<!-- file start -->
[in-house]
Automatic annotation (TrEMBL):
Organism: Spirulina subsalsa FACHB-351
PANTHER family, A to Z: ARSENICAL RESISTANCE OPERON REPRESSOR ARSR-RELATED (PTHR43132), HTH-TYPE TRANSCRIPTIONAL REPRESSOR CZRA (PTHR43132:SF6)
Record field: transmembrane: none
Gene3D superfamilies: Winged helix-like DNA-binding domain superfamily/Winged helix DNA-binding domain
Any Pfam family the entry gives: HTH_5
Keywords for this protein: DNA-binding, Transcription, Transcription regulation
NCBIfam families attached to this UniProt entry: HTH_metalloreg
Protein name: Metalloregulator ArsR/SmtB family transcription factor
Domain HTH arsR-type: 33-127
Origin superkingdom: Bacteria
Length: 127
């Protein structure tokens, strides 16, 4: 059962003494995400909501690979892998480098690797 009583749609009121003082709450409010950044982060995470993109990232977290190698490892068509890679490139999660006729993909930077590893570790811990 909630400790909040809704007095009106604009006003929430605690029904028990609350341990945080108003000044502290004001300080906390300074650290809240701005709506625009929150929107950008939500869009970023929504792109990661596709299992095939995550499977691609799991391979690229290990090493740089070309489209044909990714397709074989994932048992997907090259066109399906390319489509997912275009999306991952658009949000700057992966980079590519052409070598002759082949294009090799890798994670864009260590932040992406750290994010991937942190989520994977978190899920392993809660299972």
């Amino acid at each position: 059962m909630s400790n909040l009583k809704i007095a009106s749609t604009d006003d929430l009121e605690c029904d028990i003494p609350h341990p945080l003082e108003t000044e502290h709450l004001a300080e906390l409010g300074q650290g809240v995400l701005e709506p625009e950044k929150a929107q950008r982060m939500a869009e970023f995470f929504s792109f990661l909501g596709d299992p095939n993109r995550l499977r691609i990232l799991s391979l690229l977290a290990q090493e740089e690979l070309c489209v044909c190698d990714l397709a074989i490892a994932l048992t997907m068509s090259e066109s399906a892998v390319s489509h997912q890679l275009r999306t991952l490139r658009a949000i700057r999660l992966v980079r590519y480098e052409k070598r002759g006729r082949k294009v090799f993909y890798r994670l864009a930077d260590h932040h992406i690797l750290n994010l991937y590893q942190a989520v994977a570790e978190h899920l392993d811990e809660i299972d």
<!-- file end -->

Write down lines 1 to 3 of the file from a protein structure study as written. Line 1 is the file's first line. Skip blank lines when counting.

[in-house]
Automatic annotation (TrEMBL):
Organism: Spirulina subsalsa FACHB-351